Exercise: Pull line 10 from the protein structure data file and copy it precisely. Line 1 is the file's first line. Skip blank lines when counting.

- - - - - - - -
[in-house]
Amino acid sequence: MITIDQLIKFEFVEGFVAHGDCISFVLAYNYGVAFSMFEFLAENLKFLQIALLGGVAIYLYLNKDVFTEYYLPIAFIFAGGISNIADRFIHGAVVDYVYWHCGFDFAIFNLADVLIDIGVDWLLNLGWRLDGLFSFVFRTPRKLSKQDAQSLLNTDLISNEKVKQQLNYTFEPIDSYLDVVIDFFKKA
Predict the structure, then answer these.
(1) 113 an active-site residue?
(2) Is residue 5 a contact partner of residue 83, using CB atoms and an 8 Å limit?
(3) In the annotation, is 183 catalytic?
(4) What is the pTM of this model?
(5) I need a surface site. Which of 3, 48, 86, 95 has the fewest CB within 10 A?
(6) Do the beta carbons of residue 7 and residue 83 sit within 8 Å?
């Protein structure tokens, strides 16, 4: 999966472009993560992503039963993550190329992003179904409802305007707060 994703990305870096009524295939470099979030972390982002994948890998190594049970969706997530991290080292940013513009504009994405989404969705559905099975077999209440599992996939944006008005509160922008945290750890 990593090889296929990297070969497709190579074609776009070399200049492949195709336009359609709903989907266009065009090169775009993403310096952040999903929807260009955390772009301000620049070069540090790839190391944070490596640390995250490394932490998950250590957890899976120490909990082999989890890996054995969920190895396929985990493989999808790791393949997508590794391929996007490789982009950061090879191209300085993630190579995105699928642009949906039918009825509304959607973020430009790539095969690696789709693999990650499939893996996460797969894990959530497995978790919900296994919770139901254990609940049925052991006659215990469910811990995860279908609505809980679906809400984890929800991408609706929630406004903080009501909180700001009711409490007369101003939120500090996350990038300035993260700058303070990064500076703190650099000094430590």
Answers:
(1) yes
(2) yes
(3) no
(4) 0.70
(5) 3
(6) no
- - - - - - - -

């Protein structure tokens, strides 16, 4: 999966472009993560992503039963993550190329992003179904409802305007707060 994703990305870096009524295939470099979030972390982002994948890998190594049970969706997530991290080292940013513009504009994405989404969705559905099975077999209440599992996939944006008005509160922008945290750890 990593090889296929990297070969497709190579074609776009070399200049492949195709336009359609709903989907266009065009090169775009993403310096952040999903929807260009955390772009301000620049070069540090790839190391944070490596640390995250490394932490998950250590957890899976120490909990082999989890890996054995969920190895396929985990493989999808790791393949997508590794391929996007490789982009950061090879191209300085993630190579995105699928642009949906039918009825509304959607973020430009790539095969690696789709693999990650499939893996996460797969894990959530497995978790919900296994919770139901254990609940049925052991006659215990469910811990995860279908609505809980679906809400984890929800991408609706929630406004903080009501909180700001009711409490007369101003939120500090996350990038300035993260700058303070990064500076703190650099000094430590």